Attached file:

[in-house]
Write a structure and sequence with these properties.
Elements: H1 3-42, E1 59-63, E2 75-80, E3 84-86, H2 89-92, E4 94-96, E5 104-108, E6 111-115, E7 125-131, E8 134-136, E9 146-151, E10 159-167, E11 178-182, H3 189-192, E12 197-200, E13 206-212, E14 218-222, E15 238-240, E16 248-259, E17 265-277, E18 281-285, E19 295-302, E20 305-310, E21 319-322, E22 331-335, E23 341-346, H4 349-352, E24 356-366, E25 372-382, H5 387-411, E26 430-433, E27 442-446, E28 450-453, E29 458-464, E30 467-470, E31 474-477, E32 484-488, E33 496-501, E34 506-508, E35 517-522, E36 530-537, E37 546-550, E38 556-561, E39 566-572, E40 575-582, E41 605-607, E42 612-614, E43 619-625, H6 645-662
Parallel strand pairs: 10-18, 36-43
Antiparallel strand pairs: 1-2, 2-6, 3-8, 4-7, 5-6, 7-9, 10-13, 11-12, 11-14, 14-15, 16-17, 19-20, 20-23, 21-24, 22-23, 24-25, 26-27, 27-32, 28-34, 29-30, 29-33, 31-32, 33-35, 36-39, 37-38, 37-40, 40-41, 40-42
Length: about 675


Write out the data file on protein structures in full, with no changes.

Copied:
[in-house]
Write a structure and sequence with these properties.
Elements: H1 3-42, E1 59-63, E2 75-80, E3 84-86, H2 89-92, E4 94-96, E5 104-108, E6 111-115, E7 125-131, E8 134-136, E9 146-151, E10 159-167, E11 178-182, H3 189-192, E12 197-200, E13 206-212, E14 218-222, E15 238-240, E16 248-259, E17 265-277, E18 281-285, E19 295-302, E20 305-310, E21 319-322, E22 331-335, E23 341-346, H4 349-352, E24 356-366, E25 372-382, H5 387-411, E26 430-433, E27 442-446, E28 450-453, E29 458-464, E30 467-470, E31 474-477, E32 484-488, E33 496-501, E34 506-508, E35 517-522, E36 530-537, E37 546-550, E38 556-561, E39 566-572, E40 575-582, E41 605-607, E42 612-614, E43 619-625, H6 645-662
Parallel strand pairs: 10-18, 36-43
Antiparallel strand pairs: 1-2, 2-6, 3-8, 4-7, 5-6, 7-9, 10-13, 11-12, 11-14, 14-15, 16-17, 19-20, 20-23, 21-24, 22-23, 24-25, 26-27, 27-32, 28-34, 29-30, 29-33, 31-32, 33-35, 36-39, 37-38, 37-40, 40-41, 40-42
Length: about 675